As an example, for a straight line, all you need is one data point and the slope of the line. Let's say at time 0 the measured value is 10, and the measurement goes up by 2 every minute. The formula would by y = 2 * x + 10. if we wanted to calculate the measurement when x = 5 (minutes), the formula gives us a measurement of 20.

For a logarithmic curve, you'd use a logarithm formula. For simplicity, let's say that the actual measurements give us a formula of y = 2 ** x + 12; You plug in the time values (x values) you want to calculate, and calculate the measurements (y values).

Realize that you are introducing calculation errors by calculating data points instead of measuring. You should mark the calculated data points in some manner to help the person reading your graph differentiate them from actual measurements.

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Hi Gilbert. Thanks for taking the time to answer me. I do have a working algorithm and I do have some mathematical understanding. What I am searching for is an improved version of my current algorithm that delivers me a "better" curve for a logarithmical (points over time) / exponential (time over points) curve than the one I use at the moment. I know that this is a rather difficult question as one has to dig deeper into my algorithm. If there are any open questions, pleas don't hesitate to ask. I may not have made clear all of my thoughts and requirements. (Sorry for that!) –  yas4891 Jul 29 '10 at 13:07
    
@yas4891: Your curve is only going to be as good as your data points. Knowing what curve to use is more important. Here's a Wikipedia article on curve fitting: en.wikipedia.org/wiki/Curve_fitting –  Gilbert Le Blanc Jul 29 '10 at 13:43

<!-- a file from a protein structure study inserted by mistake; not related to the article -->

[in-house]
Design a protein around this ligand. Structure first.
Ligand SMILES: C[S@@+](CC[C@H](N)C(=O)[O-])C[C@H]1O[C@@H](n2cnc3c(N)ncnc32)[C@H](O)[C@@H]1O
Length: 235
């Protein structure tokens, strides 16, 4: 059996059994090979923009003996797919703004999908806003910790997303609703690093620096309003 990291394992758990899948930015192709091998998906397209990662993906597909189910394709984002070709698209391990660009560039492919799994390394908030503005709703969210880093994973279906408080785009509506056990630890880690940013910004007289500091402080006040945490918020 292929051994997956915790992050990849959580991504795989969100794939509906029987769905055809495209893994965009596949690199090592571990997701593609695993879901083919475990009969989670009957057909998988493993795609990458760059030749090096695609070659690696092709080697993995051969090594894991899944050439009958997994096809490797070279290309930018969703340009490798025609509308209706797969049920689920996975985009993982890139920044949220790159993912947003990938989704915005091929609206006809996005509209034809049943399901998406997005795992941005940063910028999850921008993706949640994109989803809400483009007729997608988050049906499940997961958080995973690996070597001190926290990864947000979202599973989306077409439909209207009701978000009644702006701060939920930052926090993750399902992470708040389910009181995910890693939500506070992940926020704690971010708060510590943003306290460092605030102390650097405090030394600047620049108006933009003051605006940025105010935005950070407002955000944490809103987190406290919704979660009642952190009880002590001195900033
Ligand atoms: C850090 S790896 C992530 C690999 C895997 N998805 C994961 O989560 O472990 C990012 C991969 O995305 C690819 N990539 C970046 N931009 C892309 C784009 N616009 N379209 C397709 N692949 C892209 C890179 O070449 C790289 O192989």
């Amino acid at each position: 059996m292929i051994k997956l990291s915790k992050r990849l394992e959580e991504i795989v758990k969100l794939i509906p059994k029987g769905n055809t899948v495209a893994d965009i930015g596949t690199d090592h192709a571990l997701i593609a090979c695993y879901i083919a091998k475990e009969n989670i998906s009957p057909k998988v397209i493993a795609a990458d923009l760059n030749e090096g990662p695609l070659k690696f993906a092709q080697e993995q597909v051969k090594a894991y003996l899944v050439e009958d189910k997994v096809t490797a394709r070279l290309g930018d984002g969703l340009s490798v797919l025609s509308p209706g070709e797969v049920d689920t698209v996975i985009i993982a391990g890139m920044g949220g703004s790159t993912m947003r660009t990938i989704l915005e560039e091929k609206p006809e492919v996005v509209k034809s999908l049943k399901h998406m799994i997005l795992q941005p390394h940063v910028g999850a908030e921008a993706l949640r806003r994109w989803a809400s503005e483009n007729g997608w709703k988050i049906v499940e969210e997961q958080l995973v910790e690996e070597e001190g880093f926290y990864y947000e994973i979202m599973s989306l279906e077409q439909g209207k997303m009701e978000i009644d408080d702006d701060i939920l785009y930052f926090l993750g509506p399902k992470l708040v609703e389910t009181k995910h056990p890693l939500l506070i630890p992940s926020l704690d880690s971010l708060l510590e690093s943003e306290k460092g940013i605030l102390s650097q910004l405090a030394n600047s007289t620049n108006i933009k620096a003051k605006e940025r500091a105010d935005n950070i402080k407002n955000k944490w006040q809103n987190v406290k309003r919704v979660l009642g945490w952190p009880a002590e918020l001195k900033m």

Oh OK. I don't want to find the perfect curve for a number of taken measuring points. I'd rather have a "curve / formula" that tells me WHEN to best take each measuring point. The data then taken by the application at that point in time is of no concern to my problem. I hope this helps to clarify my problem –  yas4891 Jul 29 '10 at 14:10
    
@yas4891: Basically, you want to take more x (time) measurements where y changes rapidly, and you can take fewer x measurements where y changes slowly. Rapidly and slowly are relative to the curve you're using. The ideal would be a measurement for each delta y, where delta y is a constant. I hope this helps. –  Gilbert Le Blanc Jul 29 '10 at 16:27
    
wouldn't that result in a linear curve? I mean that is a constant relation between delta y and x - isn't it? (I really wonder how I achieved A grades in math during exams :-) ) –  yas4891 Jul 30 '10 at 8:57

I am not exactly sure what you are trying to do, your code does not seem to match your example (it could be that I am screwing up the arithmetic). If you want your samples to have a minimum separation of 1 sec, and each point at a location of x times the last point (except for the first) then you want to find x such that x^(n - 1) = span. This is just x = exp(log(span) / (n - 1)). Then your points would be at x^i for(i = 0; i < n; i++)

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I cleaned up the code (dleeted unnecessary chunks). The code gives me the results I've written above. –  yas4891 Jul 29 '10 at 16:09